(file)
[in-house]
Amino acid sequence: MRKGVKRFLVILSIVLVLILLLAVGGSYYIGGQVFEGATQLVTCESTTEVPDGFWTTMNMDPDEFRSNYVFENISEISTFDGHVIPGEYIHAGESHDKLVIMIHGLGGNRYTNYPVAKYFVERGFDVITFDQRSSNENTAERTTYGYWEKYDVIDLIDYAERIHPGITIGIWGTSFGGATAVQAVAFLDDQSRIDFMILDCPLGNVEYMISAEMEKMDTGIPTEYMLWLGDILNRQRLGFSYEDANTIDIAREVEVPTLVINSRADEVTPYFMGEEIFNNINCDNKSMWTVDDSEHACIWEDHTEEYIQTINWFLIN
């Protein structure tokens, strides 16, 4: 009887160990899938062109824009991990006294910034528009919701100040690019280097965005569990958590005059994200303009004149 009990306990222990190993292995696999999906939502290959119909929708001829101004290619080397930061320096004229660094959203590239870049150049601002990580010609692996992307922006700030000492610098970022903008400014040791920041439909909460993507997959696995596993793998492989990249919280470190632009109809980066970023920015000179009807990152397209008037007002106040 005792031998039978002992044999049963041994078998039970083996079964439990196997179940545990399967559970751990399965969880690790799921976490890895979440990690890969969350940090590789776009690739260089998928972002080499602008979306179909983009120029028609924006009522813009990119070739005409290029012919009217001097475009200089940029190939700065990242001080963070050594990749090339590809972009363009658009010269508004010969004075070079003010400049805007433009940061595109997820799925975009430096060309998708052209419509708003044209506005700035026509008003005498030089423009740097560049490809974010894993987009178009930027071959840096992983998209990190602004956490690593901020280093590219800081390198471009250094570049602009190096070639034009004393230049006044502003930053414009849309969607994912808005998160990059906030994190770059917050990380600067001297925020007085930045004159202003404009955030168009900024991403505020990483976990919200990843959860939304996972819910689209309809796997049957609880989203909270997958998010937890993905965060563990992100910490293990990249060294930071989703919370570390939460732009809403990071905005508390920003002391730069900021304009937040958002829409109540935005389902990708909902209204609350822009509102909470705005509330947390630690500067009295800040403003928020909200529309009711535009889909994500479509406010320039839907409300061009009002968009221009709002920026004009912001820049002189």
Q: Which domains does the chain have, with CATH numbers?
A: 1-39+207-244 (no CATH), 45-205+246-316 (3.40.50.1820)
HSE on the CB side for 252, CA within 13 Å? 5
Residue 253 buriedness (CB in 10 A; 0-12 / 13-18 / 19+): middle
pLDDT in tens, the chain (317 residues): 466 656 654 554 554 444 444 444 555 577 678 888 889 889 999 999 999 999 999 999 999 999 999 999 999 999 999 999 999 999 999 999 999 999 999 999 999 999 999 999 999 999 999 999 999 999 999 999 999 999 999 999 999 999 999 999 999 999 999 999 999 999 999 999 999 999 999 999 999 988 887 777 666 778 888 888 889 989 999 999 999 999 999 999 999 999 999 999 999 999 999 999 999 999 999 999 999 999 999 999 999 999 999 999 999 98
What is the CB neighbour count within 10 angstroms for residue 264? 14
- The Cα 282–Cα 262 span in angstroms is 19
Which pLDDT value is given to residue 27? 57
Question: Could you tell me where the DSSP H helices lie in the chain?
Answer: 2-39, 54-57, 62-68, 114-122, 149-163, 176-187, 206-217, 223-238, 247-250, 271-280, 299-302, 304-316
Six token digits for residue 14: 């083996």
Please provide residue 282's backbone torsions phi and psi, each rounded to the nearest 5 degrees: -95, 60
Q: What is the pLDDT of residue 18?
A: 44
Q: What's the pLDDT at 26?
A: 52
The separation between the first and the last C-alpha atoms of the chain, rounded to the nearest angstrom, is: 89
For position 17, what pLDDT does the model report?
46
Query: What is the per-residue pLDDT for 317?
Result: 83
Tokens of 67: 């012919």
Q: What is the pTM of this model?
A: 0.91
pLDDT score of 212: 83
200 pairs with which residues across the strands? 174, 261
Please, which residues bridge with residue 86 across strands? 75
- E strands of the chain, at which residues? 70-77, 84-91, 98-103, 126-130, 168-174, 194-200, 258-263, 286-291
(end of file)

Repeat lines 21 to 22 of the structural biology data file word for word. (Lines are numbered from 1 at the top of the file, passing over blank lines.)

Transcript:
For position 17, what pLDDT does the model report?
46